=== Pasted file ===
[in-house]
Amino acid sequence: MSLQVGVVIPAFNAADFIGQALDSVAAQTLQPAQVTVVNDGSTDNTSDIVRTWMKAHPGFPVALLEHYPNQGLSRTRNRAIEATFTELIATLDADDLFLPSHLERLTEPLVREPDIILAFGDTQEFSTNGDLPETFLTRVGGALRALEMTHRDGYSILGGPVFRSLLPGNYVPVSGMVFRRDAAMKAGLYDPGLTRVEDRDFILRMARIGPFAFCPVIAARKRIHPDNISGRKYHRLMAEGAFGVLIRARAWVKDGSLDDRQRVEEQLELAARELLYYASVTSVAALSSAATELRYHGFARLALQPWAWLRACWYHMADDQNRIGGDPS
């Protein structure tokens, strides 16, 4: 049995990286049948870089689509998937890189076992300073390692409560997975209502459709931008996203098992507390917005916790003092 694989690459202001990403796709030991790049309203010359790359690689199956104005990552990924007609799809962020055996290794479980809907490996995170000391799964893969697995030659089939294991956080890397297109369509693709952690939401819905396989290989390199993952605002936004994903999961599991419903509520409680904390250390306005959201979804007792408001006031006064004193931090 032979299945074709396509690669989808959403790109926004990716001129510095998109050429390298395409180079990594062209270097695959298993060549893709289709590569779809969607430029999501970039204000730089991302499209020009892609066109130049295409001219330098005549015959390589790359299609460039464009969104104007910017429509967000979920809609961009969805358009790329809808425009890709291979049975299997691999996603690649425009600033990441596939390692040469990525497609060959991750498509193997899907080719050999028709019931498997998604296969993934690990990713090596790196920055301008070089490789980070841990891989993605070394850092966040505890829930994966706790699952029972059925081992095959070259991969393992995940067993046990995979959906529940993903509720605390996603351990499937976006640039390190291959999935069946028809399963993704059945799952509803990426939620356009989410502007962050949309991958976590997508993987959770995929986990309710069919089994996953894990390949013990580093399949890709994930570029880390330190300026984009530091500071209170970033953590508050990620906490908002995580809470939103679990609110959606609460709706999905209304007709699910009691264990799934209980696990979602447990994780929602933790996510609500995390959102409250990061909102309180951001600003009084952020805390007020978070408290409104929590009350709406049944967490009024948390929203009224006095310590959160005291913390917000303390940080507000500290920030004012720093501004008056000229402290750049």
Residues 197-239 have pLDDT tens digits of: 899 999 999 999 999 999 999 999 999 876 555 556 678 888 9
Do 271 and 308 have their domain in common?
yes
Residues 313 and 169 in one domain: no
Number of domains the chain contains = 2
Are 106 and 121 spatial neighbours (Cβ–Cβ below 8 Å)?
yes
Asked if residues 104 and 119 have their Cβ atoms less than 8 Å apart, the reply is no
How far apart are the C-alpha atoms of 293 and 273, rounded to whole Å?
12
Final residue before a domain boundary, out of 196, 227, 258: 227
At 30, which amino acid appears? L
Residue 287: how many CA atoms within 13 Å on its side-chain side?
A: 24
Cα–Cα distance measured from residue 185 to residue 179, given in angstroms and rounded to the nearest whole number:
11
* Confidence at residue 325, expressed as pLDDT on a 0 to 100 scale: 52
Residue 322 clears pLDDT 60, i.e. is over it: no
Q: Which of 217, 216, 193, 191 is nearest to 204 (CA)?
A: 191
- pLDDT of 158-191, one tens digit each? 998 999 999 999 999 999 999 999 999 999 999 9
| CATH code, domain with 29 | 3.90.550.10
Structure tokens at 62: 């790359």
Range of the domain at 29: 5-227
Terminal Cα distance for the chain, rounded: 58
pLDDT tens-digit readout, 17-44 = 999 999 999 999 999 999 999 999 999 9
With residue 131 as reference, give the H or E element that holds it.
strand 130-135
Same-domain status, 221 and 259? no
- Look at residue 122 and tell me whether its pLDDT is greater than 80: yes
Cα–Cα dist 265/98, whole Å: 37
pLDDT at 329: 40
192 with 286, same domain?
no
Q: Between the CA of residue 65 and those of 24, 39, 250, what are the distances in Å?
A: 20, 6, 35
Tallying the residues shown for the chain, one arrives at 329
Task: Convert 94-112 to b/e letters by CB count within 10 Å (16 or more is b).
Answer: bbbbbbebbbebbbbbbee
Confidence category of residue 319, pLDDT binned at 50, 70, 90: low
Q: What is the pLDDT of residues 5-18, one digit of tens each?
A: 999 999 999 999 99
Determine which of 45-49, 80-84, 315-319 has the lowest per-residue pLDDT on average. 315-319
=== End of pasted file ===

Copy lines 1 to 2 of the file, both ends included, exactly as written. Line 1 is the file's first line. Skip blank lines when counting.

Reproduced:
[in-house]
Amino acid sequence: MSLQVGVVIPAFNAADFIGQALDSVAAQTLQPAQVTVVNDGSTDNTSDIVRTWMKAHPGFPVALLEHYPNQGLSRTRNRAIEATFTELIATLDADDLFLPSHLERLTEPLVREPDIILAFGDTQEFSTNGDLPETFLTRVGGALRALEMTHRDGYSILGGPVFRSLLPGNYVPVSGMVFRRDAAMKAGLYDPGLTRVEDRDFILRMARIGPFAFCPVIAARKRIHPDNISGRKYHRLMAEGAFGVLIRARAWVKDGSLDDRQRVEEQLELAARELLYYASVTSVAALSSAATELRYHGFARLALQPWAWLRACWYHMADDQNRIGGDPS